Outreach Workshop, Mexico

Background

 

29th-2nd November 2016

The main purpose of the UBO PocketQube workshop in Mexico was to provide hands on experience of real satellite hardware and educate people around satellite applications and mission concepts in advance of the subsequent training on the ClydeSpace Nanobed flatsat. The PocketQube is smaller than the average satellite. However, the kits remain fully representative of a full size satellite system for a fraction of the cost. This allows individuals to develop on our kits, while ensuring all skills developed in the processes are fully transferable to larger cube satellite missions, or indeed any satellite as all will contain the same basic subsystems.

The day started with assembly of the satellites, an important aspect and one largely uncovered by other training programs. Although the construction has been designed to be as intuitive as possible, the assembly process forces participants to consider design restraints that might affect payloads and mission selections such as the weight and physical dimensions.

What We Did

– Introduced Clydespace Nanobed using what had been learnt from building and coding UBO

– Educated participants on how orbit simulation is an important way of testing satellite payloads

– Inspired new mission concepts from individuals after introducing missions made for UBO

As part of the day students took photos with the camera payload on their completed UBO’s. To do this they needed to convert hexadecimal data from the camera payload to something view able (an jpeg image). Results can be seen on the right.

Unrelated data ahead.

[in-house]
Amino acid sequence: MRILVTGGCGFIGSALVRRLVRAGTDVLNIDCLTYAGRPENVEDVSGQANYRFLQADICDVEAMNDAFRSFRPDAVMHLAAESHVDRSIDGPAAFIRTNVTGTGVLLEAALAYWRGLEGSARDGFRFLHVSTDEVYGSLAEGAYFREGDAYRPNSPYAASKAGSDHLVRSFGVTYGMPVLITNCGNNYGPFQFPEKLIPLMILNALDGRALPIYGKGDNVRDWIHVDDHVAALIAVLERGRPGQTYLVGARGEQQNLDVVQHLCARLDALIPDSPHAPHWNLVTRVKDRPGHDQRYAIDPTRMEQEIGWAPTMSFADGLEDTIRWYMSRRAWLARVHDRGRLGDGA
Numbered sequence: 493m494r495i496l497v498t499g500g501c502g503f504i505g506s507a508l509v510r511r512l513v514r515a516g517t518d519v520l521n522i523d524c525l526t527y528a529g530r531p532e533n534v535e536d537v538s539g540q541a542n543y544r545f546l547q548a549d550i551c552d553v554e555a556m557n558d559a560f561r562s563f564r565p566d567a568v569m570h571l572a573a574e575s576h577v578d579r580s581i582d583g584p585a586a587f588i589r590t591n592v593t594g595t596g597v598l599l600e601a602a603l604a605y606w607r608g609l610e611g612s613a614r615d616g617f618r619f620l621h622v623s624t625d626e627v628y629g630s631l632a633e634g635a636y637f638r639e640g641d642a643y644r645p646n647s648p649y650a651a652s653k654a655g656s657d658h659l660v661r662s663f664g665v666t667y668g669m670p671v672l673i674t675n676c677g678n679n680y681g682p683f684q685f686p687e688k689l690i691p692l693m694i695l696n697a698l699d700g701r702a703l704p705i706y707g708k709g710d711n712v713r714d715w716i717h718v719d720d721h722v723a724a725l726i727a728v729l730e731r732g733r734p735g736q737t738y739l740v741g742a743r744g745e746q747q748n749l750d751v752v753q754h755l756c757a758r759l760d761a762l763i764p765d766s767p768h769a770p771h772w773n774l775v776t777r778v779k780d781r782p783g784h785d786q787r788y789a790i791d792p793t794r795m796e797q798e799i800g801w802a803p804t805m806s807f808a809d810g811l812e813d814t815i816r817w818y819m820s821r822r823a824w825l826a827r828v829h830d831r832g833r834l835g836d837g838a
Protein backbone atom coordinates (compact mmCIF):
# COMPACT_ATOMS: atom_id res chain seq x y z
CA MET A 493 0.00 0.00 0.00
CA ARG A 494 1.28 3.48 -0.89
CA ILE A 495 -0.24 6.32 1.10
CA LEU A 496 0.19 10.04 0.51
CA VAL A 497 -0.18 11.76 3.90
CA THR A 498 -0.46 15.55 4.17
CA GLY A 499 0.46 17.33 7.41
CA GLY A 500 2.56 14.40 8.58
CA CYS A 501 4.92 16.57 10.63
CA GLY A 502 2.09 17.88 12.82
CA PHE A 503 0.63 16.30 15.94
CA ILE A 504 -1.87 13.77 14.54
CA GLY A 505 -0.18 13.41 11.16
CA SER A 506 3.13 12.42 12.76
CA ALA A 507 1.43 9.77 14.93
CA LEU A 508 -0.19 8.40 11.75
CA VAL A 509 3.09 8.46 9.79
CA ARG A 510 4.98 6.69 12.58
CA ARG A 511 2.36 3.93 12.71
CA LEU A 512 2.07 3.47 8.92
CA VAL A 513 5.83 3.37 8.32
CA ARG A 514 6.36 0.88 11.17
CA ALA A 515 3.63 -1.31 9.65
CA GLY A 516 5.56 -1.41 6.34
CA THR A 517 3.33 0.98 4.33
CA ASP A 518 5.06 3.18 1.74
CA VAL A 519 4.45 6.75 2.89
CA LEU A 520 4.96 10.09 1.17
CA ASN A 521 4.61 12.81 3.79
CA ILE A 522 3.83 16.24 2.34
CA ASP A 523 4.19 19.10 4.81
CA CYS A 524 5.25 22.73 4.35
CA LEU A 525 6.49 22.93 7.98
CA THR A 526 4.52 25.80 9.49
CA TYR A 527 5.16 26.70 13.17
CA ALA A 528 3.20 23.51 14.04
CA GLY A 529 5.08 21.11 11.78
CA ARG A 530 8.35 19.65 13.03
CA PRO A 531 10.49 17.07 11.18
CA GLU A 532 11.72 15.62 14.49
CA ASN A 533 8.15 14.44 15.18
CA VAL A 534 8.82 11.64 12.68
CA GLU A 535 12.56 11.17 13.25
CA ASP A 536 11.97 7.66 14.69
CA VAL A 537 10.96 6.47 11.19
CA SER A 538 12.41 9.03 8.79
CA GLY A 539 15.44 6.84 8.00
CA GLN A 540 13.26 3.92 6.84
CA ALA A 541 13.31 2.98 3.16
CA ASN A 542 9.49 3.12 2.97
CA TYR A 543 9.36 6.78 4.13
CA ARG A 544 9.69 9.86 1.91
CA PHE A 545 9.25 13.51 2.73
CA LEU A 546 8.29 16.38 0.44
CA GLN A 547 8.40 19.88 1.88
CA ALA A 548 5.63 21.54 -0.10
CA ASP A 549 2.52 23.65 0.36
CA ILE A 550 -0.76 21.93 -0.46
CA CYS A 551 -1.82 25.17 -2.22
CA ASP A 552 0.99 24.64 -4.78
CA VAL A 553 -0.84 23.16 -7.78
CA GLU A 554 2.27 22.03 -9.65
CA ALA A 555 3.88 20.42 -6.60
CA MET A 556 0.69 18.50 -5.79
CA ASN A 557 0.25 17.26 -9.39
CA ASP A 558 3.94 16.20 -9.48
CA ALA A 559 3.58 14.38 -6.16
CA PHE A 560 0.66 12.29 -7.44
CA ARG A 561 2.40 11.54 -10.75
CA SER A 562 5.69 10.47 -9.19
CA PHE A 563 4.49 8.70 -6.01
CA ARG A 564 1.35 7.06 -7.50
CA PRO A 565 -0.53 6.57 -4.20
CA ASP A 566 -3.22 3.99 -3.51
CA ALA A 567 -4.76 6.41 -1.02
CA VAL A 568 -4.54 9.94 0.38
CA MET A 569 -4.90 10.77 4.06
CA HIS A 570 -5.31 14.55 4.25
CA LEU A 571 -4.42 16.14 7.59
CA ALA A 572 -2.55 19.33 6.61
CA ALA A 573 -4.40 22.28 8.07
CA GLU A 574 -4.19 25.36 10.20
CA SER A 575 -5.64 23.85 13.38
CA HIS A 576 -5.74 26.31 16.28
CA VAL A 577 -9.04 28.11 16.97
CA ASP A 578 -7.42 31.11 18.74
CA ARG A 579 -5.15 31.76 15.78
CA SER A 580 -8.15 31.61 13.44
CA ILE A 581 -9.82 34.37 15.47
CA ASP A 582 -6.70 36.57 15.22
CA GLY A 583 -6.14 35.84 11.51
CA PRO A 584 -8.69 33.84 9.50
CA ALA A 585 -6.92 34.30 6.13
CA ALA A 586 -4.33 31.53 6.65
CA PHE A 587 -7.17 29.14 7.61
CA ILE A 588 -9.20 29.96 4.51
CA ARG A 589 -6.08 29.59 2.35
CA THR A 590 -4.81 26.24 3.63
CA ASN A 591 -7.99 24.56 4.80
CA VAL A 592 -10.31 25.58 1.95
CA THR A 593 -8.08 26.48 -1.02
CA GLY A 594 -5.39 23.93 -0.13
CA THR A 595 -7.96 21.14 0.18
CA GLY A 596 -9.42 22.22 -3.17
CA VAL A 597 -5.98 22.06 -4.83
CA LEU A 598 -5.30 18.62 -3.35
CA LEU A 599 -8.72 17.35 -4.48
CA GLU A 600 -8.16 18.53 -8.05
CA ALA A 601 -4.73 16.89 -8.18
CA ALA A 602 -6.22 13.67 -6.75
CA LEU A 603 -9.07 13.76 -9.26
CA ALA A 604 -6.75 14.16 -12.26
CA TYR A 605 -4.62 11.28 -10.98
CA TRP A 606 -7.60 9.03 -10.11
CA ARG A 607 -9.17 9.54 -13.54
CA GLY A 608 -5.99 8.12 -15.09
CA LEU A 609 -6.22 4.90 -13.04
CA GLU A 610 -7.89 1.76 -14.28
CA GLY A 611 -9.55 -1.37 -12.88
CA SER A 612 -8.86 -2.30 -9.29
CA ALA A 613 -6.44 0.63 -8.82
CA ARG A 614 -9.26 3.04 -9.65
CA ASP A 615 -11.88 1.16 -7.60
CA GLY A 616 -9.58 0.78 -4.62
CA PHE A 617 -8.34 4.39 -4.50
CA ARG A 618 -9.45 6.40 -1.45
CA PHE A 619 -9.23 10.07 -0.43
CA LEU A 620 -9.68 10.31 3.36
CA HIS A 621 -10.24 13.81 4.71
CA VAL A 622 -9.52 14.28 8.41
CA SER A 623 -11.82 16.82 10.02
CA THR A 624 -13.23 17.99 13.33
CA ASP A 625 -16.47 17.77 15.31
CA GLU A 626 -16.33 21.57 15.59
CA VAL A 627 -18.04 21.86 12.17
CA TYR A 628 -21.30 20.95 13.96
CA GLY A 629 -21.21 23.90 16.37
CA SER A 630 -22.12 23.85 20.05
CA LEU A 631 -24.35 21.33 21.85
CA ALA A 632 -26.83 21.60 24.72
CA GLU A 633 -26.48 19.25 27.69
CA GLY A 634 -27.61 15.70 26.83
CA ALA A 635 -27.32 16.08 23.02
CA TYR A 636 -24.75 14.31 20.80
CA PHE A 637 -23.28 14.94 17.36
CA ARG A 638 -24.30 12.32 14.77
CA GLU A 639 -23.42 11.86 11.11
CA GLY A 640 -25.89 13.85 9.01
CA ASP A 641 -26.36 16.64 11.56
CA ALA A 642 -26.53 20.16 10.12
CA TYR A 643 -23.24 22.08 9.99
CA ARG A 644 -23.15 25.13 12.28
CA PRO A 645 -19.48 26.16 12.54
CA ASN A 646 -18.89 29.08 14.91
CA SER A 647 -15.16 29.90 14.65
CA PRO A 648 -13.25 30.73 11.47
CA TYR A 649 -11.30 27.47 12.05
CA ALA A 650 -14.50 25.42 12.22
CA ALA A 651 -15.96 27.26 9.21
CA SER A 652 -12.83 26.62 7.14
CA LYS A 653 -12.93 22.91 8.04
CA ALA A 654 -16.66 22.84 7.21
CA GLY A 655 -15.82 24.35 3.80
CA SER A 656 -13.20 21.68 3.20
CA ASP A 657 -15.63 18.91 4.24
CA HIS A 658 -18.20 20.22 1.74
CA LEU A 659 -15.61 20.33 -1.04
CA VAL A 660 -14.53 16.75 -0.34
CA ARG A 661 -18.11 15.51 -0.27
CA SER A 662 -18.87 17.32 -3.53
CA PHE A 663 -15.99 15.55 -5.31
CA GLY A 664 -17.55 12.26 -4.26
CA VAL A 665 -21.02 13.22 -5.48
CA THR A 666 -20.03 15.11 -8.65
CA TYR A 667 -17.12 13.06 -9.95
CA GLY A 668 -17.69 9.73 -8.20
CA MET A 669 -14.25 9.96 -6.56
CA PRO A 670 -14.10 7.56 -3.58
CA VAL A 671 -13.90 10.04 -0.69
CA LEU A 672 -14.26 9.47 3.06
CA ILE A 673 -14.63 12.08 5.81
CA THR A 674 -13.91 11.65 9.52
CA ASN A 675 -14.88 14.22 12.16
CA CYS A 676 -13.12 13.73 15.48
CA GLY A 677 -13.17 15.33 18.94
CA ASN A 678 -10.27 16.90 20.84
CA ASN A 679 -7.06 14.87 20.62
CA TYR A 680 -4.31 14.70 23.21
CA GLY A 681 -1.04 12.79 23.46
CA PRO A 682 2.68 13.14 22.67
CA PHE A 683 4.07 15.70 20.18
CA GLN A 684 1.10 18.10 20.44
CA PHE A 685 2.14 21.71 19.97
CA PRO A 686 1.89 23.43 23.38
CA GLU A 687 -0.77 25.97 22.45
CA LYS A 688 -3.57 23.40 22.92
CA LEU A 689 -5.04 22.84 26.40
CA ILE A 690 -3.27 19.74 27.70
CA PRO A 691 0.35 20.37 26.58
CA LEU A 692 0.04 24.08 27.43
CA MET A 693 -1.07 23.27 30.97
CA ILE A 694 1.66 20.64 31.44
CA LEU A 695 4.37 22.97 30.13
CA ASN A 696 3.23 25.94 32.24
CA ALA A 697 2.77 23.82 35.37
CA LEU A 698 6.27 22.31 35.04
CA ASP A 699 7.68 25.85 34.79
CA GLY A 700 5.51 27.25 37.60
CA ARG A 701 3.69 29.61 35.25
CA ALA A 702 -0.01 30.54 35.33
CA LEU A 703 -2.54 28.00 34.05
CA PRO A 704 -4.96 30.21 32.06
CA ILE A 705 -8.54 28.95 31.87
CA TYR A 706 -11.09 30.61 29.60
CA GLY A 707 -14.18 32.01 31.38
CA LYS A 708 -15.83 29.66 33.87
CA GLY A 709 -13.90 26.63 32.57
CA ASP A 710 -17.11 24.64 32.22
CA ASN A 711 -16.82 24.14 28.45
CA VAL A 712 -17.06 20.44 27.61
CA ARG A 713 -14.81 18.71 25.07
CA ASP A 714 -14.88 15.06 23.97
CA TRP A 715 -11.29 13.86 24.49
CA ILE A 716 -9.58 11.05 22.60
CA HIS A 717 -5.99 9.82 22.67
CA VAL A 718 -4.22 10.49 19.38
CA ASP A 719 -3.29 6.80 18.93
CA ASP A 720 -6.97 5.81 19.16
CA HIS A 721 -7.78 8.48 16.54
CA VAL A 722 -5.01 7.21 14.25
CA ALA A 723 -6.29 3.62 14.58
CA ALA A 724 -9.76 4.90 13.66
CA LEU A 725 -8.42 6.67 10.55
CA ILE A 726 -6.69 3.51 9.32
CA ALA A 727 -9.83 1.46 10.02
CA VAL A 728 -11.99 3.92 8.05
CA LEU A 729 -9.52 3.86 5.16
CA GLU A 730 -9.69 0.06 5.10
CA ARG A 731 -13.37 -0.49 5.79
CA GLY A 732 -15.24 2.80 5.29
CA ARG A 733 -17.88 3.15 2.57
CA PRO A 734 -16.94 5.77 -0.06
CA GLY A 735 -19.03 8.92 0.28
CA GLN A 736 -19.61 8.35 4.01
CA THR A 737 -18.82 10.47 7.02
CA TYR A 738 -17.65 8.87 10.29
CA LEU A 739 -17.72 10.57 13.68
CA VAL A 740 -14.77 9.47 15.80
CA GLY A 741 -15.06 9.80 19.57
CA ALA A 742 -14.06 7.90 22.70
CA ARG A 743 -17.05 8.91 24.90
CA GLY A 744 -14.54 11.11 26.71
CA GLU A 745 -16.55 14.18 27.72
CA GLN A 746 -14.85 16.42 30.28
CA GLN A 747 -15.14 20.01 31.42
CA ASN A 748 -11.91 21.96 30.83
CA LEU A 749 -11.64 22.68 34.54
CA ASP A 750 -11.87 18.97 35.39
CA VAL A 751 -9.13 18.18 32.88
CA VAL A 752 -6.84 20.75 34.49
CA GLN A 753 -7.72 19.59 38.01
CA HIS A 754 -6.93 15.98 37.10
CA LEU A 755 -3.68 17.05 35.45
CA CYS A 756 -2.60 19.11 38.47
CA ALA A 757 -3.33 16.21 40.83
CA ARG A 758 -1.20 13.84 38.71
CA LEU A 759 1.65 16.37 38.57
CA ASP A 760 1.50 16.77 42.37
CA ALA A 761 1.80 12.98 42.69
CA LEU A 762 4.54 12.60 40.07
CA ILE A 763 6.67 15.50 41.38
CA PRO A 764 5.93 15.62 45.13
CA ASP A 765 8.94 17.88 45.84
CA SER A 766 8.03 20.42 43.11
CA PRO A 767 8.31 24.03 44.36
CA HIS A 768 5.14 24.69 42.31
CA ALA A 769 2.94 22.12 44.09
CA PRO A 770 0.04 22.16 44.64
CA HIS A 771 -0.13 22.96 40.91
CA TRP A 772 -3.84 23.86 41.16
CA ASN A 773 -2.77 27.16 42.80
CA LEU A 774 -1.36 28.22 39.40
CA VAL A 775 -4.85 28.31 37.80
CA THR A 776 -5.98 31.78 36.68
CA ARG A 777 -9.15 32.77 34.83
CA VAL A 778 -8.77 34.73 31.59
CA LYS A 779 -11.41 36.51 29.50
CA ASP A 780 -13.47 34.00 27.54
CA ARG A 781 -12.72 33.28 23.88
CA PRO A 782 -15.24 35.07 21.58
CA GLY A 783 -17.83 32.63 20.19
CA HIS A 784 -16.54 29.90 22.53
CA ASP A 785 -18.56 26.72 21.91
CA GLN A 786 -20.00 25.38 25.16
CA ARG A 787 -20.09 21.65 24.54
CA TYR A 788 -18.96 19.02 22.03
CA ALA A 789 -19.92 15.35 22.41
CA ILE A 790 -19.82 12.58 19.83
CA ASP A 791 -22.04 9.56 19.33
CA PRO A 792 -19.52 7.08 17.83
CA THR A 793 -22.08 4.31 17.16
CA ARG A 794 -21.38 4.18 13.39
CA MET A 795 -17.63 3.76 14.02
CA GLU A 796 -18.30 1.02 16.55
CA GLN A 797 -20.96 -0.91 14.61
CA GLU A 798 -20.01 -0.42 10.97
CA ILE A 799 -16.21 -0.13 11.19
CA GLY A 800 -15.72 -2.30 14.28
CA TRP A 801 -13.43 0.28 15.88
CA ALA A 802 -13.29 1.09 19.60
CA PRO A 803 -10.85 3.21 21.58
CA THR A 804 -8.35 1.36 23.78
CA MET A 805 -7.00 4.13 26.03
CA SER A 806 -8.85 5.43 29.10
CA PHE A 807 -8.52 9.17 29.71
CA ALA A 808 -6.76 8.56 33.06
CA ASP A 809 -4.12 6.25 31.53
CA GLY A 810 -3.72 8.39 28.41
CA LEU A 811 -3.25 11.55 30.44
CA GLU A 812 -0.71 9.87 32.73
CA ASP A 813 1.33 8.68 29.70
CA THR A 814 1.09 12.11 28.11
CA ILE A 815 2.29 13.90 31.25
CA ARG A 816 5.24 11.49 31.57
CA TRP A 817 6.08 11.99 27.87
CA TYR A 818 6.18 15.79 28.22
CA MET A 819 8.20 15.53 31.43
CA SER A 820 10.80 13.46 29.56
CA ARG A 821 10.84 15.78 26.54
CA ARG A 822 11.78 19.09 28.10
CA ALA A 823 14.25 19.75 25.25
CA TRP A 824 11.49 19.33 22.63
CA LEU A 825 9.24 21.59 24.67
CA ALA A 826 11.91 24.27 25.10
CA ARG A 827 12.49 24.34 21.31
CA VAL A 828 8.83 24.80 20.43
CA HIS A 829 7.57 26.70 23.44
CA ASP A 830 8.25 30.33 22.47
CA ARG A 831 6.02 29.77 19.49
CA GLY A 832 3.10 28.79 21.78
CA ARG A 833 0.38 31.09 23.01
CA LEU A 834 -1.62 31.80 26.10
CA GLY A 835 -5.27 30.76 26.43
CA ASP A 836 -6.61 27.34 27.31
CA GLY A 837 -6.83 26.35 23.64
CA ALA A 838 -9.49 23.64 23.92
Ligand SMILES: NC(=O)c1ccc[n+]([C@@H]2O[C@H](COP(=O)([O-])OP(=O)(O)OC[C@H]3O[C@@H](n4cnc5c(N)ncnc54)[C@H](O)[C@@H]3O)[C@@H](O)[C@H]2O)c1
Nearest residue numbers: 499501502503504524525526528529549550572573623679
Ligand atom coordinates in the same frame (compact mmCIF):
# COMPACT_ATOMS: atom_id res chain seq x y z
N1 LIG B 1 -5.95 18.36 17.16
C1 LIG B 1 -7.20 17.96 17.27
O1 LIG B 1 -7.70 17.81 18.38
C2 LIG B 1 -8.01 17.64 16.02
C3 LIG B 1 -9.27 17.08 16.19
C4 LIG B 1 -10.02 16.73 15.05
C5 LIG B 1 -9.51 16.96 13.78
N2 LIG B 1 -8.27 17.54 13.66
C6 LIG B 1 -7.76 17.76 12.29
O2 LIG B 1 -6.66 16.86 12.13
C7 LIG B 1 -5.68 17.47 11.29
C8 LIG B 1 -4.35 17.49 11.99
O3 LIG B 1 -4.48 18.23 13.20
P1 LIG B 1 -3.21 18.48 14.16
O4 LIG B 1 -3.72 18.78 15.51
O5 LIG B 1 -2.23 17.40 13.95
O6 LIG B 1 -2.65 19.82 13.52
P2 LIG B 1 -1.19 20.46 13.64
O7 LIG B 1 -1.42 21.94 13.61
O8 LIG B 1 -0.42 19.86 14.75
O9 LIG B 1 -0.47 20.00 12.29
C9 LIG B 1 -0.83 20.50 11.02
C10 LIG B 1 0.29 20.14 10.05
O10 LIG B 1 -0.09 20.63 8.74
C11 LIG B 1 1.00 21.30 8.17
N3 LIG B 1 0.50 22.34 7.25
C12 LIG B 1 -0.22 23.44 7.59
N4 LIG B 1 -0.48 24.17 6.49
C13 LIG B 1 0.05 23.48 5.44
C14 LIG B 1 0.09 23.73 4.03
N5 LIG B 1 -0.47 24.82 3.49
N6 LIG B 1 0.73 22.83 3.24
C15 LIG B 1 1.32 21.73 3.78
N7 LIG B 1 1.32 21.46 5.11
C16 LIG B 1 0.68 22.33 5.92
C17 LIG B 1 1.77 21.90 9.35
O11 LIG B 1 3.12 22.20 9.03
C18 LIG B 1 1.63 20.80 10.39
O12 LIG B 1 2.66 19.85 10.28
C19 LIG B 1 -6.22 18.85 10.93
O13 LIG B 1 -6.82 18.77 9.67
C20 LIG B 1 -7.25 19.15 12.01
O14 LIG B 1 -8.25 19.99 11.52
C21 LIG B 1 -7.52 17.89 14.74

In later workshops we hope to use the camera payload differently and use its infra-red capabilities. The infra-red part of the spectrum via satellite imagery is used heavily for Agriculture to monitor the global food supply. This is done by creating an Normalized Difference Vegetation Index (NDVI). Near-infrared radiation is used to detect healthy vegetation. Healthy vegetation reflects green light and absorbs red and blue light. The green light that our eyes see is chlorophyll created by plants during photosynthesis. Chlorophyll will reflect more light in the green and near infrared spectrum compared to other wavelengths. This is why near infrared radiation in combination with NDVI is one of the primary remote sensing applications in agriculture and the environment.